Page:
Imprisoned Voluntad Popular leader Leopoldo Lopez received former Panamanian president Martín Torrijos in his cell to discuss a dialogue between the regime and its opposition here. He later tweeted that dialogue “is not possible after the recall referendum was suspended, robbing the people of the right to express themselves”. He called on all Venezuelans to take part in the takeover of the entire nation called up by the opposition Democratic Unity coalition (MUD) this coming Wednesday. Torrijos is again in Venezuela, along with Spain’s former President José Luis Rodríguez Zapatero, on behalf of the Union of South American Nations (UNASUR) and at the invitation of the Maduro regime, to try to set up talks between both sides here. A representative of Pope Francis I is expected to join the efforts. Lieutenant Diosdado Cabello, Vice President of the ruling PSUV party and considered the number two man within the Maduro regime, says that they “are expecting the arrival of a Papal representative” to join the efforts. He added that the Maduro regime would not accept any preconditions to sit down to talks, and that the visitors would not operate as intermediaries but simply as facilitators. The opposition insists it will not sit down to talks unless the Constitutional right to a recall referendum is guaranteed. More in Spanish: (Infolatam:; El Universal,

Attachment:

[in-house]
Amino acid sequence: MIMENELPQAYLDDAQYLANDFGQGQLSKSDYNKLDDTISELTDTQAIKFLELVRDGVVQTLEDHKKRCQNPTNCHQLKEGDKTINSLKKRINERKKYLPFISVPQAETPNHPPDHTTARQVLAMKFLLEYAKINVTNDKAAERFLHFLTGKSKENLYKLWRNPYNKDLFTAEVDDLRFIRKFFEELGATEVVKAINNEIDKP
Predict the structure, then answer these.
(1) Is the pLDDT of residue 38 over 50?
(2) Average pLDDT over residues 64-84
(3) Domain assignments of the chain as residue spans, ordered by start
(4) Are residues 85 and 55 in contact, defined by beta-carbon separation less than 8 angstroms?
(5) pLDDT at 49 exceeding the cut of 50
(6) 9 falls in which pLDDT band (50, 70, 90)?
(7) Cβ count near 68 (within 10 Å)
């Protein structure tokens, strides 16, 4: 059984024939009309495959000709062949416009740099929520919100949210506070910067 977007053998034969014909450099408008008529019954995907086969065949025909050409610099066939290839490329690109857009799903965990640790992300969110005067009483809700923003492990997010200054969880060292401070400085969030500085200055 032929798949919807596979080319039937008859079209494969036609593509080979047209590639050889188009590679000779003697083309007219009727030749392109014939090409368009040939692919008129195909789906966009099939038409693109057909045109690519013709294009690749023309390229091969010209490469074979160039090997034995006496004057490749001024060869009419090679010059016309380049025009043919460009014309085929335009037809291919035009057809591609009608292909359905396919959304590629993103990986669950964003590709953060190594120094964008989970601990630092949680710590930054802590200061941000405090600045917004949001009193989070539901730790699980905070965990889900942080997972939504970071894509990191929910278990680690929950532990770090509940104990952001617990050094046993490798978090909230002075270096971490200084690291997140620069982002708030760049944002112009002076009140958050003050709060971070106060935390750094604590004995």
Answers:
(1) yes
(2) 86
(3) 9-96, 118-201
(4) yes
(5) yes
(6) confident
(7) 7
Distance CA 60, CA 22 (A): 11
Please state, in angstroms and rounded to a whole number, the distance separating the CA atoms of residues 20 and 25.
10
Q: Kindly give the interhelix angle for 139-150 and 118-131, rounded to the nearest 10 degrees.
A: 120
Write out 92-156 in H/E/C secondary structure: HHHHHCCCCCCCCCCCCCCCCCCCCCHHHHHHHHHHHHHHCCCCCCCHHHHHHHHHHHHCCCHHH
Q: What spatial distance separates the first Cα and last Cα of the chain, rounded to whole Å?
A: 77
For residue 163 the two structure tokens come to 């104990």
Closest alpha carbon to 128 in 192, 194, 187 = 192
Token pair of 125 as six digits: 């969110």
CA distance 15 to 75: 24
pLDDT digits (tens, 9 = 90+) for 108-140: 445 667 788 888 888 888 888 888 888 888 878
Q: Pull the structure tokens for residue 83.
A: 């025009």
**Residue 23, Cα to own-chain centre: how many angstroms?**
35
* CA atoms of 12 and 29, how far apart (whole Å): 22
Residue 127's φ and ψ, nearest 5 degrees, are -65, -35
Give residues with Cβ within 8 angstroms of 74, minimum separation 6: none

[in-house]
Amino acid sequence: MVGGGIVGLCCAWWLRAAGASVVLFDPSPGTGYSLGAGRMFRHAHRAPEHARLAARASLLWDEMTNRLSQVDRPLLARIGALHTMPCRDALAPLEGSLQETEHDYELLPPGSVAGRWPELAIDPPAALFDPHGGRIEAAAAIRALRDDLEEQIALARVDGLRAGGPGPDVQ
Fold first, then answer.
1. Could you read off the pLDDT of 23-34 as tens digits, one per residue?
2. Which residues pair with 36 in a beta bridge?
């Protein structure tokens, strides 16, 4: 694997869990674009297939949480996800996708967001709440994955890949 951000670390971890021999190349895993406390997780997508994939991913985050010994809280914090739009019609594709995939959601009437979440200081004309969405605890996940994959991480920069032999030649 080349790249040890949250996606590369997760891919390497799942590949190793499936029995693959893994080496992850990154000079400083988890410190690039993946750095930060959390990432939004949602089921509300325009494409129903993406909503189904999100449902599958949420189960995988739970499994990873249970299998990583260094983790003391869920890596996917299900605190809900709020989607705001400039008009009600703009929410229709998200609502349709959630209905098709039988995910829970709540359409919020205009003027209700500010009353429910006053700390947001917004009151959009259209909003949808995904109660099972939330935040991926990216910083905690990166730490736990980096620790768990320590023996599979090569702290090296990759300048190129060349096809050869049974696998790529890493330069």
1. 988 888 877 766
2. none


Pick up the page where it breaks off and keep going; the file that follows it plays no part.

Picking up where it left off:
OAS Secretary General says Maduro is no longer legitimate, calls for "concrete actions" on Venezuela

The Secretary General of the Organization of American States (OAS), Luis Almagro, says “only dictatorships strip citizens of their rights, ignore the legislature and hold political prisoners”, and adds that President Nicolas Maduro has “lost all of his original legitimacy after depriving the Venezuelan people without electoral rights”.  He called on nations in the region to act within Article 20 of the Inter American Democratic Charter, and “take specific steps to defend democracy in Venezuela”. Almagro made his statements after the National Electoral Council (CNE) here suspended the process of the collection of signatures to convene a recall referendum, an action he regarded a breakdown of the democratic system. (Latin American Herald Tribune:; and more in Spanish: (El Nacional:


Twelve major OAS member nations express concern over halting of recall process; Bolivia slams Almagro.